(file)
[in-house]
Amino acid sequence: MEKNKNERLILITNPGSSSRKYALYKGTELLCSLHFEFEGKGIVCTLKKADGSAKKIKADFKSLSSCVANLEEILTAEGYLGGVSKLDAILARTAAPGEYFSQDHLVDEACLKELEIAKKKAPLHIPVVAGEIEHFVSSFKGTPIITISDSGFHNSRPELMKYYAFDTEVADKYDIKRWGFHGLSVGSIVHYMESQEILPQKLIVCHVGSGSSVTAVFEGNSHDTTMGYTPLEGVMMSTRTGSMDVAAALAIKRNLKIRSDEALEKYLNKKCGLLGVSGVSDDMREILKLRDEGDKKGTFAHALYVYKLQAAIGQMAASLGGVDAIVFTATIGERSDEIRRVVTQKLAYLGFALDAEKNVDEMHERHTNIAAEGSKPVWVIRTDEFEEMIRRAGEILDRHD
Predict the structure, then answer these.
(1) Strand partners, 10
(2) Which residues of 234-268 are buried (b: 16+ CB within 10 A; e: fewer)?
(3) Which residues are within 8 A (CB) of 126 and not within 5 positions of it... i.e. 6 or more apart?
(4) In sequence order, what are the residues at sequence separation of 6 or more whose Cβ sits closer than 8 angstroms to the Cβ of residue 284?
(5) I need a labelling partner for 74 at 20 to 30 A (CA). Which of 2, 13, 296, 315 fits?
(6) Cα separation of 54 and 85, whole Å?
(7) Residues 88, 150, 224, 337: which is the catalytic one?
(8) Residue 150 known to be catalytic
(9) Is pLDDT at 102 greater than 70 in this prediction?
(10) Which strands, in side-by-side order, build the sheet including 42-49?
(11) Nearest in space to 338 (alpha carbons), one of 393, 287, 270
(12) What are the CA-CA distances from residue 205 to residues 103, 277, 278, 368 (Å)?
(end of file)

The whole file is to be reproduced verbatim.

[in-house]
Amino acid sequence: MEKNKNERLILITNPGSSSRKYALYKGTELLCSLHFEFEGKGIVCTLKKADGSAKKIKADFKSLSSCVANLEEILTAEGYLGGVSKLDAILARTAAPGEYFSQDHLVDEACLKELEIAKKKAPLHIPVVAGEIEHFVSSFKGTPIITISDSGFHNSRPELMKYYAFDTEVADKYDIKRWGFHGLSVGSIVHYMESQEILPQKLIVCHVGSGSSVTAVFEGNSHDTTMGYTPLEGVMMSTRTGSMDVAAALAIKRNLKIRSDEALEKYLNKKCGLLGVSGVSDDMREILKLRDEGDKKGTFAHALYVYKLQAAIGQMAASLGGVDAIVFTATIGERSDEIRRVVTQKLAYLGFALDAEKNVDEMHERHTNIAAEGSKPVWVIRTDEFEEMIRRAGEILDRHD
Predict the structure, then answer these.
(1) Strand partners, 10
(2) Which residues of 234-268 are buried (b: 16+ CB within 10 A; e: fewer)?
(3) Which residues are within 8 A (CB) of 126 and not within 5 positions of it... i.e. 6 or more apart?
(4) In sequence order, what are the residues at sequence separation of 6 or more whose Cβ sits closer than 8 angstroms to the Cβ of residue 284?
(5) I need a labelling partner for 74 at 20 to 30 A (CA). Which of 2, 13, 296, 315 fits?
(6) Cα separation of 54 and 85, whole Å?
(7) Residues 88, 150, 224, 337: which is the catalytic one?
(8) Residue 150 known to be catalytic
(9) Is pLDDT at 102 greater than 70 in this prediction?
(10) Which strands, in side-by-side order, build the sheet including 42-49?
(11) Nearest in space to 338 (alpha carbons), one of 393, 287, 270
(12) What are the CA-CA distances from residue 205 to residues 103, 277, 278, 368 (Å)?